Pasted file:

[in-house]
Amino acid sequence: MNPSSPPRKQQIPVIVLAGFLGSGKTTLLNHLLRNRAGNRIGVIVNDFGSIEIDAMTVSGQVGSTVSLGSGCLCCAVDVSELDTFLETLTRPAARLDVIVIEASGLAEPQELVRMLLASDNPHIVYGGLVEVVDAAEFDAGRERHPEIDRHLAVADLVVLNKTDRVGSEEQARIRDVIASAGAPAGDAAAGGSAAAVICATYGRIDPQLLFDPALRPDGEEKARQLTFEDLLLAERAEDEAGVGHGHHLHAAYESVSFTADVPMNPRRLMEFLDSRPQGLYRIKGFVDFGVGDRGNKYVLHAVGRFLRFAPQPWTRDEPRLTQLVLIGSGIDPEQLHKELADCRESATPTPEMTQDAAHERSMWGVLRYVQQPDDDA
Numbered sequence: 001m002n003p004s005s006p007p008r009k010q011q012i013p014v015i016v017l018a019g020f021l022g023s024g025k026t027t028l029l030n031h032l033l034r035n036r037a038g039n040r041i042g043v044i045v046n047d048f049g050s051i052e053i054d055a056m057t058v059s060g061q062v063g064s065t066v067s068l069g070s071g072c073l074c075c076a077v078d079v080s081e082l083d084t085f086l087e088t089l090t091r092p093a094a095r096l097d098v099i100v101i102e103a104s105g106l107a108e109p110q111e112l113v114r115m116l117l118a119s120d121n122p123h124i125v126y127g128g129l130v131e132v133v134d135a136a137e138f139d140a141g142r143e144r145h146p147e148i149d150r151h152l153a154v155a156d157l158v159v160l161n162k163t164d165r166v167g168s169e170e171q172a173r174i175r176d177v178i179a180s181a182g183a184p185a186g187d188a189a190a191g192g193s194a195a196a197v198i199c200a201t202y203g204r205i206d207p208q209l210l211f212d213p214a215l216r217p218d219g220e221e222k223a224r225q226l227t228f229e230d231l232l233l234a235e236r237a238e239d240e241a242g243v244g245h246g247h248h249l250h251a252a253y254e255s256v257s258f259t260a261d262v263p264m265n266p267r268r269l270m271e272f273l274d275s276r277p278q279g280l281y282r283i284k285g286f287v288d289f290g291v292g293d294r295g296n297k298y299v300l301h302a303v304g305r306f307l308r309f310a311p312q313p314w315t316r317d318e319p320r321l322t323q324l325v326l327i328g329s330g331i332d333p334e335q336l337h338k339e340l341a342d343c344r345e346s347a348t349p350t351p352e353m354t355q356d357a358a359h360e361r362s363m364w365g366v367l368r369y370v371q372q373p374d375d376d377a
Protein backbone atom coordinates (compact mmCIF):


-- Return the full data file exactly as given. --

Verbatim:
[in-house]
Amino acid sequence: MNPSSPPRKQQIPVIVLAGFLGSGKTTLLNHLLRNRAGNRIGVIVNDFGSIEIDAMTVSGQVGSTVSLGSGCLCCAVDVSELDTFLETLTRPAARLDVIVIEASGLAEPQELVRMLLASDNPHIVYGGLVEVVDAAEFDAGRERHPEIDRHLAVADLVVLNKTDRVGSEEQARIRDVIASAGAPAGDAAAGGSAAAVICATYGRIDPQLLFDPALRPDGEEKARQLTFEDLLLAERAEDEAGVGHGHHLHAAYESVSFTADVPMNPRRLMEFLDSRPQGLYRIKGFVDFGVGDRGNKYVLHAVGRFLRFAPQPWTRDEPRLTQLVLIGSGIDPEQLHKELADCRESATPTPEMTQDAAHERSMWGVLRYVQQPDDDA
Numbered sequence: 001m002n003p004s005s006p007p008r009k010q011q012i013p014v015i016v017l018a019g020f021l022g023s024g025k026t027t028l029l030n031h032l033l034r035n036r037a038g039n040r041i042g043v044i045v046n047d048f049g050s051i052e053i054d055a056m057t058v059s060g061q062v063g064s065t066v067s068l069g070s071g072c073l074c075c076a077v078d079v080s081e082l083d084t085f086l087e088t089l090t091r092p093a094a095r096l097d098v099i100v101i102e103a104s105g106l107a108e109p110q111e112l113v114r115m116l117l118a119s120d121n122p123h124i125v126y127g128g129l130v131e132v133v134d135a136a137e138f139d140a141g142r143e144r145h146p147e148i149d150r151h152l153a154v155a156d157l158v159v160l161n162k163t164d165r166v167g168s169e170e171q172a173r174i175r176d177v178i179a180s181a182g183a184p185a186g187d188a189a190a191g192g193s194a195a196a197v198i199c200a201t202y203g204r205i206d207p208q209l210l211f212d213p214a215l216r217p218d219g220e221e222k223a224r225q226l227t228f229e230d231l232l233l234a235e236r237a238e239d240e241a242g243v244g245h246g247h248h249l250h251a252a253y254e255s256v257s258f259t260a261d262v263p264m265n266p267r268r269l270m271e272f273l274d275s276r277p278q279g280l281y282r283i284k285g286f287v288d289f290g291v292g293d294r295g296n297k298y299v300l301h302a303v304g305r306f307l308r309f310a311p312q313p314w315t316r317d318e319p320r321l322t323q324l325v326l327i328g329s330g331i332d333p334e335q336l337h338k339e340l341a342d343c344r345e346s347a348t349p350t351p352e353m354t355q356d357a358a359h360e361r362s363m364w365g366v367l368r369y370v371q372q373p374d375d376d377a
Protein backbone atom coordinates (compact mmCIF):